Despite Rabat's failure to show the form he had during practice, his main rival for the title, Marc VDS Racing teammate Mika Kallio, failed to capitalize. The Finn crossed the line in fifth, two places behind Rabat. That was another five points Kallio ceded to Rabat in the title chase, Rabat's advantage now up to 38 points. Kallio's chances of wrenching the Moto2 title from Rabat's grasp are getting slimmer and slimmer. At this rate, the Moto2 title chase looks likely to be over at Sepang.
The Moto3 race was the best of the weekend, as ever, but here, too, the title chase took a decisive turn. Alex Marquez had already capitalized on the collision with Jack Miller at Aragon, which saw him take over the leadership in the title chase from the Australian. Miller's gritty determination to make amends at Motegi ended up costing him dearly. After a gripping five-way battle (it had been a six-way battle, until Miguel Oliveira crashed out), victory came down to who would be bravest on the final lap. That, in turn, meant jockeying for position on the penultimate lap, no one really wanting to lead onto the back straight, as it meant that the riders behind were certain to slipstream you, then swamp you into Turn 11. Miller, Danny Kent and Marquez all came onto the back straight together, but Marquez had the smartest line. Miller tried to outbrake the other two, but in his haste to downshift, hit neutral and missed the corner. Kent found himself on the wrong line, after having been forced briefly onto the dirt, and missed the final corner as well. That handed an almost simple victory to Alex Marquez, as well as allowing him to extend his lead from 11 to 25 points. Marquez was helped further by the fact that Jakub Kornfeil pushed Alex Rins wide at the start of the race, leaving him stuck in midfield. Luck – or perhaps events is a better word – is pushing the title Marquez' way.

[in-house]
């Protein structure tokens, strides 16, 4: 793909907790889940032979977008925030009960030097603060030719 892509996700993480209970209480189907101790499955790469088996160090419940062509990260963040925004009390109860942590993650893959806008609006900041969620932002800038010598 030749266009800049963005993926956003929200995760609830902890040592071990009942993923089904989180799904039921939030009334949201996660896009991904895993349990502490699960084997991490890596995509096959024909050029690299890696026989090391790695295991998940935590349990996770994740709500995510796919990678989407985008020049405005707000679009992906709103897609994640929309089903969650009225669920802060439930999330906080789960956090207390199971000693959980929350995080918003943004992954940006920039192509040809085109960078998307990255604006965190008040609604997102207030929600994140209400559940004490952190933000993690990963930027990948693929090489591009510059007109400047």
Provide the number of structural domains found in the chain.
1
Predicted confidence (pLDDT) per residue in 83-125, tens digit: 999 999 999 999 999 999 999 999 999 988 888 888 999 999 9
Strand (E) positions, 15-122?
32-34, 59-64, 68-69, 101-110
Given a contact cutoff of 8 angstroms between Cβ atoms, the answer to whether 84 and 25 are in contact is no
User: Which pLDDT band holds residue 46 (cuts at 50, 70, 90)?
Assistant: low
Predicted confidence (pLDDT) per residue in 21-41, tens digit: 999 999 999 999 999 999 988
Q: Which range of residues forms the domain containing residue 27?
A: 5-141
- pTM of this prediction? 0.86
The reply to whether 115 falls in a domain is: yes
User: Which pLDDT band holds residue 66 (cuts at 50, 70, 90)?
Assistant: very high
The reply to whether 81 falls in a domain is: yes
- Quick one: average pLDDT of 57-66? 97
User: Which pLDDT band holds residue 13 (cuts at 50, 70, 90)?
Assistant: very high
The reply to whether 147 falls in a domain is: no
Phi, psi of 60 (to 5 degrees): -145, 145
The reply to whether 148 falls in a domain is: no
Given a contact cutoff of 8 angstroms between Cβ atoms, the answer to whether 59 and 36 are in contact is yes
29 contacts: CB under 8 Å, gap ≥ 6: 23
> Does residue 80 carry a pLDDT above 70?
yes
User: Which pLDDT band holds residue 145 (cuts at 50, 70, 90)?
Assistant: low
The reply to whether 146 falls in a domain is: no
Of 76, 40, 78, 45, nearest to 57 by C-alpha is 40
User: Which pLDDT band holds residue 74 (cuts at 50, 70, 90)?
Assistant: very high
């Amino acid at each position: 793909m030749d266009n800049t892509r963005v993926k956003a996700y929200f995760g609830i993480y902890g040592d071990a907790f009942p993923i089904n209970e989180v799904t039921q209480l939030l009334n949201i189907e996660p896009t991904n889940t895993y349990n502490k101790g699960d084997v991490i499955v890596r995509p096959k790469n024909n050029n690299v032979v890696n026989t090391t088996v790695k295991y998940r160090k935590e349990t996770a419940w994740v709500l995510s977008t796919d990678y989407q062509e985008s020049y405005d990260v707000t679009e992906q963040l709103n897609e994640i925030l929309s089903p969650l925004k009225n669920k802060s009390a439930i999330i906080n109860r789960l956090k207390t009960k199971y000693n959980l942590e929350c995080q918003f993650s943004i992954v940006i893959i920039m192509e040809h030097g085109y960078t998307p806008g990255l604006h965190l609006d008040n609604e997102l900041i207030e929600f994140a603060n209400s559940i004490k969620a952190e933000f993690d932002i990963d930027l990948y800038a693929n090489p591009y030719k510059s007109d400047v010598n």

The two Marquez brothers are close, and both played key roles in helping the other celebrate their triumphs at Motegi. When Marc was asked once again if he would be racing in Moto2 at Valencia, now that he had the title wrapped up, the elder Marquez denied it, but seized the opportunity for a quick jest. Maybe Moto3, he said, if he needed to help his brother win the Moto3 title. That would be better, after all, Honda have an entry, right? It was a joke, but still, with Marc Marquez, you always suspect there is a slim chance he might actually do it. After all, when did Marc Marquez ever turn down the chance to race a motorbike?